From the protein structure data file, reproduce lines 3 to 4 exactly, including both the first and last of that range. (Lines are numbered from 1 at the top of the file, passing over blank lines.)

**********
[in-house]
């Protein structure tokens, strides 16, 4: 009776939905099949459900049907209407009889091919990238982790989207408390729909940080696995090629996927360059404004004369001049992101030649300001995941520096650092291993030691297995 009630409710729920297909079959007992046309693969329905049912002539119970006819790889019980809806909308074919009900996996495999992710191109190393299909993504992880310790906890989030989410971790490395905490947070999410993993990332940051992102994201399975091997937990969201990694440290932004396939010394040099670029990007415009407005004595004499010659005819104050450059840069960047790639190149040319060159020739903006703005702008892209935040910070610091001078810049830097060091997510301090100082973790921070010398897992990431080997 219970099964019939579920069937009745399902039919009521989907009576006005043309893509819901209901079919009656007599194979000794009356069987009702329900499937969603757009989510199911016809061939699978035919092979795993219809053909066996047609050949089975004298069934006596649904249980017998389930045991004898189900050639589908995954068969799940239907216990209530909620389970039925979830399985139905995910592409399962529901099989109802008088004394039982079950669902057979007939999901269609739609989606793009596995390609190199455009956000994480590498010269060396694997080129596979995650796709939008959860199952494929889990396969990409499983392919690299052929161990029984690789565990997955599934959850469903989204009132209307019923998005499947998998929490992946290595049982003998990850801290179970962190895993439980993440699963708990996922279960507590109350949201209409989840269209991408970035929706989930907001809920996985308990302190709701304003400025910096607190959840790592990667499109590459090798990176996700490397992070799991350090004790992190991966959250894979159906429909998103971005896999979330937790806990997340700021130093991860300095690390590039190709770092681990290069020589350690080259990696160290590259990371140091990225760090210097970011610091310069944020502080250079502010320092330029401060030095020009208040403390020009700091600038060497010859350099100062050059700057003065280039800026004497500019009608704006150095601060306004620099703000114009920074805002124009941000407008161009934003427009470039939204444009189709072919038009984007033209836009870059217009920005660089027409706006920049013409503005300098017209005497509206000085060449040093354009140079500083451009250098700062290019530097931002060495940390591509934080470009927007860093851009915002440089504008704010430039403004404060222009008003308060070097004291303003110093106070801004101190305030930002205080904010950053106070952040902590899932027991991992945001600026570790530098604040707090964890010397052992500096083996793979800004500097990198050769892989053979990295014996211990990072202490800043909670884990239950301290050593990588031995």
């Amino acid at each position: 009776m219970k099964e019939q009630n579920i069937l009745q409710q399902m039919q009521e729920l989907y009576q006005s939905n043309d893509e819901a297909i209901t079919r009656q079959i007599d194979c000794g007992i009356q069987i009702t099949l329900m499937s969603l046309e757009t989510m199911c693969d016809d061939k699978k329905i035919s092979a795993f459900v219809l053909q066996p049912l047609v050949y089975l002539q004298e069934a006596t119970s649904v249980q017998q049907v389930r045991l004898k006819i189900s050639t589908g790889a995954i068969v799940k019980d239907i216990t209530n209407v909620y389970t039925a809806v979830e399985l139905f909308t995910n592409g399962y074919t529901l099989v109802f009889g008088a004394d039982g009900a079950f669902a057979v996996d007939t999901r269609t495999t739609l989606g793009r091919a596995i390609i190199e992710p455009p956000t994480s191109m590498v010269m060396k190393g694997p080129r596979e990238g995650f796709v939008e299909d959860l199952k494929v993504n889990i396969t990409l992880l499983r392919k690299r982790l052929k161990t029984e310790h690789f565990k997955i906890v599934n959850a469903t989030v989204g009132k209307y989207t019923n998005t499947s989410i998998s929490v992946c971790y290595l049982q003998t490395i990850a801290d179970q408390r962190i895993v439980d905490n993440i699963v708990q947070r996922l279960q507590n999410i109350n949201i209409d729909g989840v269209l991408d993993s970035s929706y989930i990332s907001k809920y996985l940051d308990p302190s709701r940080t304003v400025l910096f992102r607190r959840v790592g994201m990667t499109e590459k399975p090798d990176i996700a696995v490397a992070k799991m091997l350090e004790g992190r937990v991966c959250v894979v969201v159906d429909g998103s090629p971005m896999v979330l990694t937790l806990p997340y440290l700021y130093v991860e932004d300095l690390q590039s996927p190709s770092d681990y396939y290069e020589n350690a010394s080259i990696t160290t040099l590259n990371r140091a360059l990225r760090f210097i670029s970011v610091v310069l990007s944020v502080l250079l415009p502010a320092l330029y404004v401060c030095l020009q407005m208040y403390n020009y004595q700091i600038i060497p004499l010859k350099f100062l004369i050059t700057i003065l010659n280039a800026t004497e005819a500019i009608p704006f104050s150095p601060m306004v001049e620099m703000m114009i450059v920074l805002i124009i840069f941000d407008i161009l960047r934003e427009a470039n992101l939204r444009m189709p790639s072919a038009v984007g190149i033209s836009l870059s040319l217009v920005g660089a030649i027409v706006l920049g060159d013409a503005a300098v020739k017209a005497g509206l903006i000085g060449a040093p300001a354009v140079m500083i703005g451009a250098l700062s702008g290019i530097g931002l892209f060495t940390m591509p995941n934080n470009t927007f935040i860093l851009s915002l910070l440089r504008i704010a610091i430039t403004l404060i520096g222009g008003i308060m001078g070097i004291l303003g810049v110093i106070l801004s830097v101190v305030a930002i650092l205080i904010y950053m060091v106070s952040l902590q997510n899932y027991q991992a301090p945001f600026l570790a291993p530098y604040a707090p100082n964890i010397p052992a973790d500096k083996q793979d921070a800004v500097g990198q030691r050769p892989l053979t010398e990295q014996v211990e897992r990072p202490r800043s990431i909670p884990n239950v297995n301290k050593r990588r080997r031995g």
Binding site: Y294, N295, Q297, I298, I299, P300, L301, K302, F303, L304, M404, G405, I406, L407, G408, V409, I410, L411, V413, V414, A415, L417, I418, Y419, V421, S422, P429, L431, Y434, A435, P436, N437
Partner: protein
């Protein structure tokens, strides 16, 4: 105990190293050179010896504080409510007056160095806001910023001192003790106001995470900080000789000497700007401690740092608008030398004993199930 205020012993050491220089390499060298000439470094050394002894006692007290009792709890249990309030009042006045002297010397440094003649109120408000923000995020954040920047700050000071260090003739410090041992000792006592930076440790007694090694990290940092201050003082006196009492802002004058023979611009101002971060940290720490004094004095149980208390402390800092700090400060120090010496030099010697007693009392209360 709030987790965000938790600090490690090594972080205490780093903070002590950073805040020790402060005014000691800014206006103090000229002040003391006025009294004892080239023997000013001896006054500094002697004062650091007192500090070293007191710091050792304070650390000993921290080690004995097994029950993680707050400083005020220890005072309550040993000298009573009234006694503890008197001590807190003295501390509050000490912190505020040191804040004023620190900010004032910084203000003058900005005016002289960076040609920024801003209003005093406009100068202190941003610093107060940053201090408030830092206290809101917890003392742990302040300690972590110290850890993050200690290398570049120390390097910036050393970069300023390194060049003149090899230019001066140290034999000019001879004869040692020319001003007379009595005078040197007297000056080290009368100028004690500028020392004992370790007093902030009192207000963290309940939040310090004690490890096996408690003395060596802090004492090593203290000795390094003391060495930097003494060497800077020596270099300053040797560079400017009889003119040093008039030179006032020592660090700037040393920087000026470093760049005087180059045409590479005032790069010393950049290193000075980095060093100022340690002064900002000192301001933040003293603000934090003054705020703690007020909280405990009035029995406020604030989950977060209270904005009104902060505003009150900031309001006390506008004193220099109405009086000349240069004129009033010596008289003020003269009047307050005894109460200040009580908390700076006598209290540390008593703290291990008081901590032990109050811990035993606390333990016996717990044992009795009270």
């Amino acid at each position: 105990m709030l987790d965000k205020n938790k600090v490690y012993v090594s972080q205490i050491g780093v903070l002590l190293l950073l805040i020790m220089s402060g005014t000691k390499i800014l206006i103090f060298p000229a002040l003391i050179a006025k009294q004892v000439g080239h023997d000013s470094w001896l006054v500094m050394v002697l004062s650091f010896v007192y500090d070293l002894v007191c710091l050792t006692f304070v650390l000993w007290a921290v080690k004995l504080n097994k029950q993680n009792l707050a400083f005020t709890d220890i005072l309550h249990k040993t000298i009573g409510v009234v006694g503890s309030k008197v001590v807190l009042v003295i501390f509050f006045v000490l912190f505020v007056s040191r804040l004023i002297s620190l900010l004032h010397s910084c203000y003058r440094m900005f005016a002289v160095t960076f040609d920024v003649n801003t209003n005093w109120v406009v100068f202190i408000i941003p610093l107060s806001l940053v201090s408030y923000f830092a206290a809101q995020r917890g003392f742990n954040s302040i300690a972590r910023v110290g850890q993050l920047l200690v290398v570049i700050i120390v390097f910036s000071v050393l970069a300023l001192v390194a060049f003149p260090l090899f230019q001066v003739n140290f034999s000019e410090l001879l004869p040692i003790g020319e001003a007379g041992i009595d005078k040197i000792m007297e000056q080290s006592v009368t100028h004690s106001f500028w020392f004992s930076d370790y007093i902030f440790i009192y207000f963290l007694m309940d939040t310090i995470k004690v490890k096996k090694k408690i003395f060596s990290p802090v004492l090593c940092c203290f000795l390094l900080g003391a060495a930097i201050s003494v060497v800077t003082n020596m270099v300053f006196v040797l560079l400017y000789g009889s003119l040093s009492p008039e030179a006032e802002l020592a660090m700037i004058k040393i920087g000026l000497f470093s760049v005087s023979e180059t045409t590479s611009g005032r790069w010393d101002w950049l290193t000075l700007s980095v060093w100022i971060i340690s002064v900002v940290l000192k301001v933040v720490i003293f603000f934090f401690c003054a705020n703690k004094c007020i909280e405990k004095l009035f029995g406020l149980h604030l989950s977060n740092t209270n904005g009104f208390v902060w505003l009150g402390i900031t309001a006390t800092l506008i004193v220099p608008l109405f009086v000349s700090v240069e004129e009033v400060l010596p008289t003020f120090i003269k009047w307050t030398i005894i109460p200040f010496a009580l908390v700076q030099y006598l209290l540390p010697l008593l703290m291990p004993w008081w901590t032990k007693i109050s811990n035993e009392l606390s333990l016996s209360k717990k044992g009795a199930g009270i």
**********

């Amino acid at each position: 009776m219970k099964e019939q009630n579920i069937l009745q409710q399902m039919q009521e729920l989907y009576q006005s939905n043309d893509e819901a297909i209901t079919r009656q079959i007599d194979c000794g007992i009356q069987i009702t099949l329900m499937s969603l046309e757009t989510m199911c693969d016809d061939k699978k329905i035919s092979a795993f459900v219809l053909q066996p049912l047609v050949y089975l002539q004298e069934a006596t119970s649904v249980q017998q049907v389930r045991l004898k006819i189900s050639t589908g790889a995954i068969v799940k019980d239907i216990t209530n209407v909620y389970t039925a809806v979830e399985l139905f909308t995910n592409g399962y074919t529901l099989v109802f009889g008088a004394d039982g009900a079950f669902a057979v996996d007939t999901r269609t495999t739609l989606g793009r091919a596995i390609i190199e992710p455009p956000t994480s191109m590498v010269m060396k190393g694997p080129r596979e990238g995650f796709v939008e299909d959860l199952k494929v993504n889990i396969t990409l992880l499983r392919k690299r982790l052929k161990t029984e310790h690789f565990k997955i906890v599934n959850a469903t989030v989204g009132k209307y989207t019923n998005t499947s989410i998998s929490v992946c971790y290595l049982q003998t490395i990850a801290d179970q408390r962190i895993v439980d905490n993440i699963v708990q947070r996922l279960q507590n999410i109350n949201i209409d729909g989840v269209l991408d993993s970035s929706y989930i990332s907001k809920y996985l940051d308990p302190s709701r940080t304003v400025l910096f992102r607190r959840v790592g994201m990667t499109e590459k399975p090798d990176i996700a696995v490397a992070k799991m091997l350090e004790g992190r937990v991966c959250v894979v969201v159906d429909g998103s090629p971005m896999v979330l990694t937790l806990p997340y440290l700021y130093v991860e932004d300095l690390q590039s996927p190709s770092d681990y396939y290069e020589n350690a010394s080259i990696t160290t040099l590259n990371r140091a360059l990225r760090f210097i670029s970011v610091v310069l990007s944020v502080l250079l415009p502010a320092l330029y404004v401060c030095l020009q407005m208040y403390n020009y004595q700091i600038i060497p004499l010859k350099f100062l004369i050059t700057i003065l010659n280039a800026t004497e005819a500019i009608p704006f104050s150095p601060m306004v001049e620099m703000m114009i450059v920074l805002i124009i840069f941000d407008i161009l960047r934003e427009a470039n992101l939204r444009m189709p790639s072919a038009v984007g190149i033209s836009l870059s040319l217009v920005g660089a030649i027409v706006l920049g060159d013409a503005a300098v020739k017209a005497g509206l903006i000085g060449a040093p300001a354009v140079m500083i703005g451009a250098l700062s702008g290019i530097g931002l892209f060495t940390m591509p995941n934080n470009t927007f935040i860093l851009s915002l910070l440089r504008i704010a610091i430039t403004l404060i520096g222009g008003i308060m001078g070097i004291l303003g810049v110093i106070l801004s830097v101190v305030a930002i650092l205080i904010y950053m060091v106070s952040l902590q997510n899932y027991q991992a301090p945001f600026l570790a291993p530098y604040a707090p100082n964890i010397p052992a973790d500096k083996q793979d921070a800004v500097g990198q030691r050769p892989l053979t010398e990295q014996v211990e897992r990072p202490r800043s990431i909670p884990n239950v297995n301290k050593r990588r080997r031995g």
Binding site: Y294, N295, Q297, I298, I299, P300, L301, K302, F303, L304, M404, G405, I406, L407, G408, V409, I410, L411, V413, V414, A415, L417, I418, Y419, V421, S422, P429, L431, Y434, A435, P436, N437